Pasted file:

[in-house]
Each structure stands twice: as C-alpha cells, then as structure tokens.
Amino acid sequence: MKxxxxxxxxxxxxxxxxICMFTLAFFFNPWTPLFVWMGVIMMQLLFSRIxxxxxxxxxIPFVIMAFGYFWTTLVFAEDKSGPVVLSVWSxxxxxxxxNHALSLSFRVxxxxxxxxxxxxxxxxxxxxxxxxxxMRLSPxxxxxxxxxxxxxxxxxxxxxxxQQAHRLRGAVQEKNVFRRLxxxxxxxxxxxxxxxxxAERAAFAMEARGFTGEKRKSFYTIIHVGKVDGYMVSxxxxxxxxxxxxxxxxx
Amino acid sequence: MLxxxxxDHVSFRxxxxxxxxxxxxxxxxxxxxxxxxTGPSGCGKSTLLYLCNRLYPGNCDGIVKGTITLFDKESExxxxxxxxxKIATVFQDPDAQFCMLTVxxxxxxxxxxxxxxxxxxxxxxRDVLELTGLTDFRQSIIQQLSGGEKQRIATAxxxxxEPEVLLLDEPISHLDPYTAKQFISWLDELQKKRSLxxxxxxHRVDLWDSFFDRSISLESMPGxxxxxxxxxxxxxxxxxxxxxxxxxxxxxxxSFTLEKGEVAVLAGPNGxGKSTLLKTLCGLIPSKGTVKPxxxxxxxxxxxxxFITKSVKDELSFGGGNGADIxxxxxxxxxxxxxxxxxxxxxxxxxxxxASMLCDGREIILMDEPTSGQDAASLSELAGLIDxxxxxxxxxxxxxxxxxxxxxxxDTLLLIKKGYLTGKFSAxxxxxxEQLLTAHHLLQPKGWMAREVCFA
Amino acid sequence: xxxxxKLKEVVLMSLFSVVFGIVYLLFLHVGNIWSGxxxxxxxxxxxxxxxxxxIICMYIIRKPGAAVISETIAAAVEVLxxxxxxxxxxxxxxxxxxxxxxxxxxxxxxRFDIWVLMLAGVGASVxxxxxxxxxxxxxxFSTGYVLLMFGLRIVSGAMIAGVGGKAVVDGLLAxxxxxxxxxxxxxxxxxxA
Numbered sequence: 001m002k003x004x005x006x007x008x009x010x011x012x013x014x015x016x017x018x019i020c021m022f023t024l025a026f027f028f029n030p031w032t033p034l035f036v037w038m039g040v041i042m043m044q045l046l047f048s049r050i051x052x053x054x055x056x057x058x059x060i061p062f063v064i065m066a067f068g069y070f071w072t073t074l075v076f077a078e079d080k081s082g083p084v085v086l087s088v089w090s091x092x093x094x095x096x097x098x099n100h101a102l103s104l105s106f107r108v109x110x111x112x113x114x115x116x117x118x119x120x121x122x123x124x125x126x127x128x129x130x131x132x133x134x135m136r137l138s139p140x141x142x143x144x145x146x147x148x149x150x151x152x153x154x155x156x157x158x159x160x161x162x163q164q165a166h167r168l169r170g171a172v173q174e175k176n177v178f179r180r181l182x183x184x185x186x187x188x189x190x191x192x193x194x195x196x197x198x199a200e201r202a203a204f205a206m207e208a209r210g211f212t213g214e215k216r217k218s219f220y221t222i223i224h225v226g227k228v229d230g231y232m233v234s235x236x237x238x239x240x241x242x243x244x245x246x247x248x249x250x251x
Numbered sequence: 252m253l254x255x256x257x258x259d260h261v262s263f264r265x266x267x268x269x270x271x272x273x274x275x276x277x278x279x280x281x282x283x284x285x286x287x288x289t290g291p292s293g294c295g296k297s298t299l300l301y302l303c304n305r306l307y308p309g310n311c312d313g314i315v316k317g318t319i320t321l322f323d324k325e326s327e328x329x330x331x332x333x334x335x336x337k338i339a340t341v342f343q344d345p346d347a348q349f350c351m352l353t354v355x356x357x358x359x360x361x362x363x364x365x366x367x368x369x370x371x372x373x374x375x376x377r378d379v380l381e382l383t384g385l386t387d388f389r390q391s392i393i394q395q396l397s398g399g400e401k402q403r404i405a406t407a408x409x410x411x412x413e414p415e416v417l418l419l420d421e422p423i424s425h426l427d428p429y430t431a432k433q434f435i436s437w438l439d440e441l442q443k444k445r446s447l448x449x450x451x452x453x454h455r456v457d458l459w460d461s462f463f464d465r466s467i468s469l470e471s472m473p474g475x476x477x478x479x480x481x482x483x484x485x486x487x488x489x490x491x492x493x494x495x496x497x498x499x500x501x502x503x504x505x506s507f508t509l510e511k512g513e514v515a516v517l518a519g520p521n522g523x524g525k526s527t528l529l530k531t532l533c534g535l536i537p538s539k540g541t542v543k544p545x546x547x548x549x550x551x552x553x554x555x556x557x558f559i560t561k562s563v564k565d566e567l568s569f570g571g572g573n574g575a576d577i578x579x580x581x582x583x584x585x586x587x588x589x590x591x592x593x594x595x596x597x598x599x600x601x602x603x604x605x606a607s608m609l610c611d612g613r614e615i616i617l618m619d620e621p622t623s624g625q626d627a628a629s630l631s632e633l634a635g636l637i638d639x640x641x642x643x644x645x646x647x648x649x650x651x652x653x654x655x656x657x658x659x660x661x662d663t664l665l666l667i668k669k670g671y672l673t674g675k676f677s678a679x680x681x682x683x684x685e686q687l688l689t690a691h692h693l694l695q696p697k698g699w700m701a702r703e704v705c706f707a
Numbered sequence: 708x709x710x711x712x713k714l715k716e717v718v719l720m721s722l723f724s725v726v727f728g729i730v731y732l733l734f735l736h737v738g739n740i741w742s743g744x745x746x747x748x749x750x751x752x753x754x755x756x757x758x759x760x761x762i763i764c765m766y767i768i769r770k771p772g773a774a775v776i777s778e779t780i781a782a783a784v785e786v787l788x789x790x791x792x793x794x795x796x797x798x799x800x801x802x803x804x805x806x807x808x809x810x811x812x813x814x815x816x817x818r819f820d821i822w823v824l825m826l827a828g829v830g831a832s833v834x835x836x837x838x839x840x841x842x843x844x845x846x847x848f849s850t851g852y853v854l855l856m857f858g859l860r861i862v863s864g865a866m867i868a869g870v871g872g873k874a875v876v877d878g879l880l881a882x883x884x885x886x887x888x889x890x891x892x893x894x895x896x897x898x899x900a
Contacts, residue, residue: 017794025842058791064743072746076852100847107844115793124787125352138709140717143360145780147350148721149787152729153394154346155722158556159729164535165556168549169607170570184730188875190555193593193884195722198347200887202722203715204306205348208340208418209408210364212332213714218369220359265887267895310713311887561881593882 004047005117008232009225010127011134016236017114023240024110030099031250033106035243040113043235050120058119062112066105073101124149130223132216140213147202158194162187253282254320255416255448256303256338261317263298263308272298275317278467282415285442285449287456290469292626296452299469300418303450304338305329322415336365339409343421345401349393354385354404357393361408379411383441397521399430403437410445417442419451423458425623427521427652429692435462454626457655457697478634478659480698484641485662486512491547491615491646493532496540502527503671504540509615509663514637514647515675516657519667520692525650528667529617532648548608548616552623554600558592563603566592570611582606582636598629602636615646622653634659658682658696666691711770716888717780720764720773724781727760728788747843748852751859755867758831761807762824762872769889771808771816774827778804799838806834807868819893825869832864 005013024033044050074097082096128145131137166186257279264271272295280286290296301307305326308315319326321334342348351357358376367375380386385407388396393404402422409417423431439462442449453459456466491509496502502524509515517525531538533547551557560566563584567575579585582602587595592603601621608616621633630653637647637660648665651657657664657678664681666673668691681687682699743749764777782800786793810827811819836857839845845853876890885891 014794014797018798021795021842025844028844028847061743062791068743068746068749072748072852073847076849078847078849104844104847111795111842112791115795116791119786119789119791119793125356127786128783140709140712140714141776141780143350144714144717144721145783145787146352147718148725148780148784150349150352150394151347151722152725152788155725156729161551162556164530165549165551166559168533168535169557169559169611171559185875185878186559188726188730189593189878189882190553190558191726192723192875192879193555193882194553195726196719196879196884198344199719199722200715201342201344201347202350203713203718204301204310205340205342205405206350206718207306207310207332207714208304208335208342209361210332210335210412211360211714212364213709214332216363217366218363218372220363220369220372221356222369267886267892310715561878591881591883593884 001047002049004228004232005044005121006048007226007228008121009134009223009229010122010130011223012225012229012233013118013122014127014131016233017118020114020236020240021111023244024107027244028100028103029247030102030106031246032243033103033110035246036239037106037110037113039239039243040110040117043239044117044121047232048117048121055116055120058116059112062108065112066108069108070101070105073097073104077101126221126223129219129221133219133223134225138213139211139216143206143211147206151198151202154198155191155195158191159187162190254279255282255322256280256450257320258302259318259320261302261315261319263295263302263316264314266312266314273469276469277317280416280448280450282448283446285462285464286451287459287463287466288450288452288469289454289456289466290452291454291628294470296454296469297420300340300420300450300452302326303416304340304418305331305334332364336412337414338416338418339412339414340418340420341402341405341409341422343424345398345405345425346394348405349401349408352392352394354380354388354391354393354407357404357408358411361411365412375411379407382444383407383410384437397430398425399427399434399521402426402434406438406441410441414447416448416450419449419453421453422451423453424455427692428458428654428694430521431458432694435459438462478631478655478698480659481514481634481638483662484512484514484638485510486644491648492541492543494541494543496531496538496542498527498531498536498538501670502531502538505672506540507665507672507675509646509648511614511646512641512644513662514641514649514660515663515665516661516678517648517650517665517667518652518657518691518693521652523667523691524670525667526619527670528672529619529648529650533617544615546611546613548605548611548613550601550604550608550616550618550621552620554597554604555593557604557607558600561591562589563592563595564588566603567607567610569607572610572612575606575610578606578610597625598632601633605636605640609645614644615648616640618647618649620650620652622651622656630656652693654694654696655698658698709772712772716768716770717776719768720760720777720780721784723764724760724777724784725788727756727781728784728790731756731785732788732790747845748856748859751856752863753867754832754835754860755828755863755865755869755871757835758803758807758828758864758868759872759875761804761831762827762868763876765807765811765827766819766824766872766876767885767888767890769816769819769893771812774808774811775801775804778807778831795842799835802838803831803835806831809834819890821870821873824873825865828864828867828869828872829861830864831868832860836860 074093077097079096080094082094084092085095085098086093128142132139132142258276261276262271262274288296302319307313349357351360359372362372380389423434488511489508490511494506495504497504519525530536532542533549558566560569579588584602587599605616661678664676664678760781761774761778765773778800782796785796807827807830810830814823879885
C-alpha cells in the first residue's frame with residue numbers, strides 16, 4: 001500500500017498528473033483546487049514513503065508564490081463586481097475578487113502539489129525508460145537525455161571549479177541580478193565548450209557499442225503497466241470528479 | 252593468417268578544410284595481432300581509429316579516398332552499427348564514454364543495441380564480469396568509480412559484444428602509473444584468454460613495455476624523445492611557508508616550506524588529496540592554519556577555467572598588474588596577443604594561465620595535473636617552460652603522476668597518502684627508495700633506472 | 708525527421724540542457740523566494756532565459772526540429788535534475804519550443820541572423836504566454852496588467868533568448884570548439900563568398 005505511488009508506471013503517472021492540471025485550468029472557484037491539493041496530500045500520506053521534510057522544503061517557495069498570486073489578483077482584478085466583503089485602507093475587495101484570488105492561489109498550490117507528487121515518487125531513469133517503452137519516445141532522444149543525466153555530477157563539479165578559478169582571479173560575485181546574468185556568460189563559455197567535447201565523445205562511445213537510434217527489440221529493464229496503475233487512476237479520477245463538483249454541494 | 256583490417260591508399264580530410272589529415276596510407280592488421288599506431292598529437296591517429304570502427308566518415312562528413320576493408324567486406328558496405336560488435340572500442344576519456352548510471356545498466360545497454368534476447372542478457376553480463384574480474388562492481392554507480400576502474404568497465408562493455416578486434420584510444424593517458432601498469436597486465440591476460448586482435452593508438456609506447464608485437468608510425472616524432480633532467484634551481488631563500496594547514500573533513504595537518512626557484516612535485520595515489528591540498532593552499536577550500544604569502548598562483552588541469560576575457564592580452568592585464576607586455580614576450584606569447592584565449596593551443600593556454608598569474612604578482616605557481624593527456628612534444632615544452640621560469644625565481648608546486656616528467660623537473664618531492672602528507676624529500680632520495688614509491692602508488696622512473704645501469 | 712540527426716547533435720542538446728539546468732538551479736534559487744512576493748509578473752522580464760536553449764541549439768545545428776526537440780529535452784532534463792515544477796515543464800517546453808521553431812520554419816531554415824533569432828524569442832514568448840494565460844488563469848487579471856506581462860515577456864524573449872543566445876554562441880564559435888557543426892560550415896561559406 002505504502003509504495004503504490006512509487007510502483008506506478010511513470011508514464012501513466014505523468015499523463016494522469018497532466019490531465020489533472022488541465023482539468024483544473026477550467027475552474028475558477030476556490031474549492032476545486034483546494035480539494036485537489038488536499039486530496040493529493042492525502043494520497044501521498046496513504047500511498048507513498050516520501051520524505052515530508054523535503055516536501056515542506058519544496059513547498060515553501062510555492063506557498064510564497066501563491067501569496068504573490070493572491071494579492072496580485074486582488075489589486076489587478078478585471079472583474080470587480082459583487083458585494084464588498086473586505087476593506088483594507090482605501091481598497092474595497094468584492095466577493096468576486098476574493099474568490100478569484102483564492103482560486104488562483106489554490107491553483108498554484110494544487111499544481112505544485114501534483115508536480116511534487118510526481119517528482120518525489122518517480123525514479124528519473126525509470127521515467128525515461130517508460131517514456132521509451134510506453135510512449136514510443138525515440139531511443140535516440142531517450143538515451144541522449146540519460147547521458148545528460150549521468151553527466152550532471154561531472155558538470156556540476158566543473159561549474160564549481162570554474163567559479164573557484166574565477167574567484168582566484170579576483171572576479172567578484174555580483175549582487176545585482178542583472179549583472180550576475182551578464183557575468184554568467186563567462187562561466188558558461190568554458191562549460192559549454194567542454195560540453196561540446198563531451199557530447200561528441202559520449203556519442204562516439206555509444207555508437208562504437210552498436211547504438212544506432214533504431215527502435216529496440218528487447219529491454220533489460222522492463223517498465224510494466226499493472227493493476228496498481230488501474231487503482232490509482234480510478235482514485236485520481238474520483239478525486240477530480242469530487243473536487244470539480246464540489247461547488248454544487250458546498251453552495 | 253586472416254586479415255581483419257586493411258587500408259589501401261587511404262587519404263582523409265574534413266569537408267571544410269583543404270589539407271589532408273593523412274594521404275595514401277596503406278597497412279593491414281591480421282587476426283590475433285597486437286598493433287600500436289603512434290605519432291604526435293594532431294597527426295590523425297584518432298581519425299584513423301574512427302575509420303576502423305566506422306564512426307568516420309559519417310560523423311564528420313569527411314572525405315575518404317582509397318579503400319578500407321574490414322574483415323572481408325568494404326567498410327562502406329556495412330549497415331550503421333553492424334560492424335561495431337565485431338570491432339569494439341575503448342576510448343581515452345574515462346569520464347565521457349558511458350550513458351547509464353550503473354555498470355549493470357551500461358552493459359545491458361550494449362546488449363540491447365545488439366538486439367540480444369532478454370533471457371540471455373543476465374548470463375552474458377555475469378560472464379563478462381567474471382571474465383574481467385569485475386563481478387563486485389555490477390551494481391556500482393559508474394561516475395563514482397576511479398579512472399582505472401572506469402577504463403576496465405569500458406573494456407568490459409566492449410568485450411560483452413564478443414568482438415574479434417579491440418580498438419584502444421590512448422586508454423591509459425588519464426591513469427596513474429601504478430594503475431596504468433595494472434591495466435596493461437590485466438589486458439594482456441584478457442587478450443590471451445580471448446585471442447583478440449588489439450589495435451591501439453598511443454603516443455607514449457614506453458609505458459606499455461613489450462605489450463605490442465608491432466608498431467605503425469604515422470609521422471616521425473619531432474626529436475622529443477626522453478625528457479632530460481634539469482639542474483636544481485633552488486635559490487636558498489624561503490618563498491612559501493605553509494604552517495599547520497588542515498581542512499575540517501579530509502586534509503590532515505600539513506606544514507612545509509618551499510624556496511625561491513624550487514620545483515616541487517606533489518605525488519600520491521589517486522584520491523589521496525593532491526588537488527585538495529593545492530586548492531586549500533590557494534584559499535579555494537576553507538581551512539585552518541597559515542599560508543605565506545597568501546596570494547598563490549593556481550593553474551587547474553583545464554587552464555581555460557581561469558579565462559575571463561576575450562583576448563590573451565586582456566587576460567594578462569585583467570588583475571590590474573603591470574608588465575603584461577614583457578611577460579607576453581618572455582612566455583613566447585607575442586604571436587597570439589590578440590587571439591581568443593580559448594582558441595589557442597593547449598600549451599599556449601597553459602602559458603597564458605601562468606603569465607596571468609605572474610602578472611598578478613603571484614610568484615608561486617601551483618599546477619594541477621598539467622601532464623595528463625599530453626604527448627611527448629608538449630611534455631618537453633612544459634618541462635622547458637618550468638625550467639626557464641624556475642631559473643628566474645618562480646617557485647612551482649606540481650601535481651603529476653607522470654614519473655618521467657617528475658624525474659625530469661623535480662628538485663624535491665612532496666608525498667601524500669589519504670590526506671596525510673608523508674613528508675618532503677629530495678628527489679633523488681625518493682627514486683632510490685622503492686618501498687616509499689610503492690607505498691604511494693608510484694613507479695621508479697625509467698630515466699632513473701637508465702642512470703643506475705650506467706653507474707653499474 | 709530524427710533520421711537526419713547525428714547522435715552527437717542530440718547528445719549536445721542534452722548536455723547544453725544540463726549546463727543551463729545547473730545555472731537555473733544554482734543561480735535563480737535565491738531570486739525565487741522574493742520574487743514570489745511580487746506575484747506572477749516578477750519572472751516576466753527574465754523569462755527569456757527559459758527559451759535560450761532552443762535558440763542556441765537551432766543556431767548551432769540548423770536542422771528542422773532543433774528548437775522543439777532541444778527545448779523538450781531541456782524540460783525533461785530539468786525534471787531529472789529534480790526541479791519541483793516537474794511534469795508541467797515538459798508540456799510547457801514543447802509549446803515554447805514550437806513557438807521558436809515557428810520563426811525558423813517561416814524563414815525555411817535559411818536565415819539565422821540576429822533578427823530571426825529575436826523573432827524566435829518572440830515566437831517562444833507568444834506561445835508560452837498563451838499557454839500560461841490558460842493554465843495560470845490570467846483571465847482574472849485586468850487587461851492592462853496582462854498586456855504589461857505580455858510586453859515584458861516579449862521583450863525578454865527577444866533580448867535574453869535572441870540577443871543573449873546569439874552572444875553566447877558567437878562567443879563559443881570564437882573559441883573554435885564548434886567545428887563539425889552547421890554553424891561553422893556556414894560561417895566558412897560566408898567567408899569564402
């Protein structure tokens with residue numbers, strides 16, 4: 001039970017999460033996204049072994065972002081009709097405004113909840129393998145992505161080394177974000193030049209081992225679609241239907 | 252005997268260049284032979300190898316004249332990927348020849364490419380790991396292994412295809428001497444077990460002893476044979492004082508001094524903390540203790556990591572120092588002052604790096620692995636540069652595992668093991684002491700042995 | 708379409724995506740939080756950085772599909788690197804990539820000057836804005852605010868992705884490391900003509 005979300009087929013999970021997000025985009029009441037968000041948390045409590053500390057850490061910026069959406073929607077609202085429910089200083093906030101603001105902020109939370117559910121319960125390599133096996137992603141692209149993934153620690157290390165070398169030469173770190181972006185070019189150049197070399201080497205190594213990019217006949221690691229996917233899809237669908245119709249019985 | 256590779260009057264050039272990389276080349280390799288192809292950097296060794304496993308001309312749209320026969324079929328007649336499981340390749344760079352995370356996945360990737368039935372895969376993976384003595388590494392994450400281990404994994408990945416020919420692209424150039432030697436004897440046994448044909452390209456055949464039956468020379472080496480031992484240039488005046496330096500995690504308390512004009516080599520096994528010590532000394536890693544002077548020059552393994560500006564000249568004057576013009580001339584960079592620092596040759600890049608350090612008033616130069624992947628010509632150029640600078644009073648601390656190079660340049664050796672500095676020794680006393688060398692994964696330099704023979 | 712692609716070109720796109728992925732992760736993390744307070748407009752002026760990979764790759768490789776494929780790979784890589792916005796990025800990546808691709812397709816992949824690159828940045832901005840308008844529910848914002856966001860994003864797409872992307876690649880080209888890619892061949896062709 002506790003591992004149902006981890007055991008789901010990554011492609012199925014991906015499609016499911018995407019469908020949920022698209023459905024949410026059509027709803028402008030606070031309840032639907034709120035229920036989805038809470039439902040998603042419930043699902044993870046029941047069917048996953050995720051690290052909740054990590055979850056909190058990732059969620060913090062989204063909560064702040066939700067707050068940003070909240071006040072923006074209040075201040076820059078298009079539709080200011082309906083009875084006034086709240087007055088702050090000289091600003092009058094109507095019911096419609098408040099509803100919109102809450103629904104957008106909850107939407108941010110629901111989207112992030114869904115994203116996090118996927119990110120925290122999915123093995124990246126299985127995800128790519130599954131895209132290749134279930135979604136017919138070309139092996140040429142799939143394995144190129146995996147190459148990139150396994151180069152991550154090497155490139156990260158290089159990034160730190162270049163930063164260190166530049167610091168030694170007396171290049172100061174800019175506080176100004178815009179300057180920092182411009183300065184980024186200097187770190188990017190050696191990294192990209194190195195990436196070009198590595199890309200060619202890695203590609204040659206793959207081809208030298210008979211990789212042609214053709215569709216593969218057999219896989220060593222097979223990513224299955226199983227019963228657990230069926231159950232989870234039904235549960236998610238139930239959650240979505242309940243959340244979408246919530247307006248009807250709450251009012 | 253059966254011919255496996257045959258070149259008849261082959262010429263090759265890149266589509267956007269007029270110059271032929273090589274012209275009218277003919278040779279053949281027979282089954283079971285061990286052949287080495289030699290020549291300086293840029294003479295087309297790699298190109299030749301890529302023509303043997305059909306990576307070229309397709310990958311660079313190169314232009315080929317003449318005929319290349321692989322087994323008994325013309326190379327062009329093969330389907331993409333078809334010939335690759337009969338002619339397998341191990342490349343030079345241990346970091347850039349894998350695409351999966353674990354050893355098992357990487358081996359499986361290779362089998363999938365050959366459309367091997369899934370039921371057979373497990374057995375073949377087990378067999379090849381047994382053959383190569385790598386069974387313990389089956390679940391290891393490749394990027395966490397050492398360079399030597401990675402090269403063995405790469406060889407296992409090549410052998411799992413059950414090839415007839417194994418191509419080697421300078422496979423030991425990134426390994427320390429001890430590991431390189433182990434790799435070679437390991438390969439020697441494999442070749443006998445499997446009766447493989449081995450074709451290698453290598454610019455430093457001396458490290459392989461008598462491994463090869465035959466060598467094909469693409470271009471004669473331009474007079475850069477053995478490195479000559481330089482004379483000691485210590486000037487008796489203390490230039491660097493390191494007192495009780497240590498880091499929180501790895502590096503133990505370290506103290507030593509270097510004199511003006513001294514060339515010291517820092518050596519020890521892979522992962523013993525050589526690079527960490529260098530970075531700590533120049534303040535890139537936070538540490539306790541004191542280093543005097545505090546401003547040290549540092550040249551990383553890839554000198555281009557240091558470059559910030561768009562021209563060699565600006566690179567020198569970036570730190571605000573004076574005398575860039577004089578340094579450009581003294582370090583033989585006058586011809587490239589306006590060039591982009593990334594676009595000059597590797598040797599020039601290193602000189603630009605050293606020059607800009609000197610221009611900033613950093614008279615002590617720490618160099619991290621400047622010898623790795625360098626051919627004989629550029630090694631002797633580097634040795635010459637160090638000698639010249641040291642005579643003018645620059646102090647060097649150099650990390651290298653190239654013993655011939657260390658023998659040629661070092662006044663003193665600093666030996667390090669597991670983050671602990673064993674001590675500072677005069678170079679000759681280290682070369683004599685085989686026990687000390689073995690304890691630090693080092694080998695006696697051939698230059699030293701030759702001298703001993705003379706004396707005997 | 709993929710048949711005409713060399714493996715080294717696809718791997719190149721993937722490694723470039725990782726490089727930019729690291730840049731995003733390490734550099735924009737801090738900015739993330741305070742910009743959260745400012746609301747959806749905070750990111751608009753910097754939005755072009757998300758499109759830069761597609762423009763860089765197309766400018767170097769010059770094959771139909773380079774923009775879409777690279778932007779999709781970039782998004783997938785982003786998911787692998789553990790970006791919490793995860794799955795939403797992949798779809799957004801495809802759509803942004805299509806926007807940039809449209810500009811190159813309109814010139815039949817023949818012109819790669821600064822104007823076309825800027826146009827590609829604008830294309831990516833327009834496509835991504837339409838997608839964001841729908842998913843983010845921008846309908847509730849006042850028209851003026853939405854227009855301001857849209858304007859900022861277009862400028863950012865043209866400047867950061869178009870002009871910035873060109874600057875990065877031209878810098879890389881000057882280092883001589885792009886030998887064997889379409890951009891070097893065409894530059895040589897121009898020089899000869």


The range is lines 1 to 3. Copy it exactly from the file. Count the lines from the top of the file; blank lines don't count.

[in-house]
Each structure stands twice: as C-alpha cells, then as structure tokens.
Amino acid sequence: MKxxxxxxxxxxxxxxxxICMFTLAFFFNPWTPLFVWMGVIMMQLLFSRIxxxxxxxxxIPFVIMAFGYFWTTLVFAEDKSGPVVLSVWSxxxxxxxxNHALSLSFRVxxxxxxxxxxxxxxxxxxxxxxxxxxMRLSPxxxxxxxxxxxxxxxxxxxxxxxQQAHRLRGAVQEKNVFRRLxxxxxxxxxxxxxxxxxAERAAFAMEARGFTGEKRKSFYTIIHVGKVDGYMVSxxxxxxxxxxxxxxxxx